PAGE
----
Vasectomy in Men with Genetic Traits or Diseases.
Disease Inheritance in Men and their Children
Men who have a diagnosed genetic trait or disease may be concerned about having biological children because of the risk of passing a genetic trait or disease to the offspring. While other options are available such as sperm donation or adoption, it is important for men to fully understand their reproductive options.
Certain genetic traits may not be inheritable from a man to a child, or may not necessarily cause disease in offspring. In addition, with modern reproductive technology, it may be possible to screen out sperm or fetuses and select sperm or fetuses that are not affected by a particular genetic defect.
Biology of inheritance and disease is fairly complex. Different diseases are inherited differently. Some require two copies of the gene (one from each parent – autosomal recessive) to cause disease, some require only one copy. Some diseases can only be passed from mother to children but not from father to children (mitochondrial diseases for example). Some patients have the gene for the disease but no disease (variable penetrance).
Relatives with Disease: Are Your Children at Risk?
Men who are not affected by a particular disease but have affected relatives may or may not be at risk of passing the disease to their children. In general the closer the relative (brother, mother, father), the higher the chance that you might share a gene but there are many factors at play. We advise that you consult a genetic counselor about your particular situation.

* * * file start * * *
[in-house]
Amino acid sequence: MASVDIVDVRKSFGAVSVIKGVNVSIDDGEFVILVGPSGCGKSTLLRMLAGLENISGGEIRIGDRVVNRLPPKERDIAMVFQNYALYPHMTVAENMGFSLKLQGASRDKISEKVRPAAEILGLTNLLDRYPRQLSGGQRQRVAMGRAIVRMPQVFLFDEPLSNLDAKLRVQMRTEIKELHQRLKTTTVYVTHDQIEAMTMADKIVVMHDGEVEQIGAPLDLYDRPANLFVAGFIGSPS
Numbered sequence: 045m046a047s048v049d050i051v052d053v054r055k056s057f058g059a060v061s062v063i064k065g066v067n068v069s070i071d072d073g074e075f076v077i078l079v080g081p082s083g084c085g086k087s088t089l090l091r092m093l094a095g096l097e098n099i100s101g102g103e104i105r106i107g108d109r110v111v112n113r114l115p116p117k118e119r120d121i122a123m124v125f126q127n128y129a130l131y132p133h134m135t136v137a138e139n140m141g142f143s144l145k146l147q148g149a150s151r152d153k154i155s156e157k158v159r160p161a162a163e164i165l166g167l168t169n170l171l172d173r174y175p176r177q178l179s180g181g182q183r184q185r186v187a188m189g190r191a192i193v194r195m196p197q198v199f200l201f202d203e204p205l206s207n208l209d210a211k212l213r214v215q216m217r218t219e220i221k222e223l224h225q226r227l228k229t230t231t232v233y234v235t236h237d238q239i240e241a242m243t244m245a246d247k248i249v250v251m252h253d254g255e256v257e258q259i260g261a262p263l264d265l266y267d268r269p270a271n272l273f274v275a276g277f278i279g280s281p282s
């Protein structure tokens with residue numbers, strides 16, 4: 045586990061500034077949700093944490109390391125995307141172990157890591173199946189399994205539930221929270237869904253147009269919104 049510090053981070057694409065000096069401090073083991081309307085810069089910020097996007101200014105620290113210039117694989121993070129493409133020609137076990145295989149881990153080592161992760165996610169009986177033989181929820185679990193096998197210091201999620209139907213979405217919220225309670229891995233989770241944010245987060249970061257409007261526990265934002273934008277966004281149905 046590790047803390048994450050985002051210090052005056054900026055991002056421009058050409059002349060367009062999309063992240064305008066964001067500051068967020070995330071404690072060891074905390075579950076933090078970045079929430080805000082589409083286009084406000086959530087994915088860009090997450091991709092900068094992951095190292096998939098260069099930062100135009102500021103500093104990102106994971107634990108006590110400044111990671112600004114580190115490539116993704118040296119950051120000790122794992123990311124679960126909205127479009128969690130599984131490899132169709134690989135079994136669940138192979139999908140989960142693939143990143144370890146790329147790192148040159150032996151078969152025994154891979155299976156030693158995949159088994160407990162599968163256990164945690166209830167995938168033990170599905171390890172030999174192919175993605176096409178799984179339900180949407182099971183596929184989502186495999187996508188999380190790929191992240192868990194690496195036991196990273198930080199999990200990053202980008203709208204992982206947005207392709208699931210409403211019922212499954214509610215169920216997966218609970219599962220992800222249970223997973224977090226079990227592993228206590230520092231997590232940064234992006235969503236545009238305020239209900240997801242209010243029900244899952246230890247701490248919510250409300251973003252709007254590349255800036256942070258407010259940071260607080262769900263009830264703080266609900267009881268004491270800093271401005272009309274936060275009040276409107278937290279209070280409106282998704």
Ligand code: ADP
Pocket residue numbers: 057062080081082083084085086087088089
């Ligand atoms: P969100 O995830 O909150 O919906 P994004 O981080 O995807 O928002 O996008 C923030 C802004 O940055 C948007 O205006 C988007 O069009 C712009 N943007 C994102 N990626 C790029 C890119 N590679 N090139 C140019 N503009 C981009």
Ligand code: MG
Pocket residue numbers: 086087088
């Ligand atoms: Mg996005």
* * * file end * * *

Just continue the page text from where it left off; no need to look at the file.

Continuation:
Genetic Tests: Not What You Think They Are
It is also important to understand that many genetic tests do not test for the disease but only for increased risk or predisposition to a particular disease. The absolute increased risk may be negligible. For example, if your risk for disease is 1 in 20,000; even if a particular gene variation (allele) increases your risk by a factor of 2, it is still a very rare risk of 1 in 10,000 Each genetic test is different, while some have very high predictive value for a disease, others are not very useful.
We advise that you consult a genetic counselor prior to deciding on your reproductive options.
What You Need to Know:
- Dr. Alex Shteynshlyuger – Experienced No-Scalpel Vasectomy Specialist in New York City
- Orgasm and Sex Drive after Vasectomy: What You Should Know.
- Pregnancy After Vasectomy: Practical Treatment Options
- Vasectomy in Infertile and Sub-fertile men with low sperm counts
Learn More About:
- No Scalpel Vasectomy Center in NYC – What You Need To Know
- No Scalpel Vasectomy for International Visitors to New York City
- Saturday Vasectomy
- Doctor for No-Scalpel Vasectomy? Who Should You See?
Dr. Alex Shteynshlyuger is a board-certified urologist in NYC. He specializes in sexual and reproductive issues that affect men. He performs no-needle, no-scalpel vasectomy under local anesthesia avoiding the risks of general anesthesia.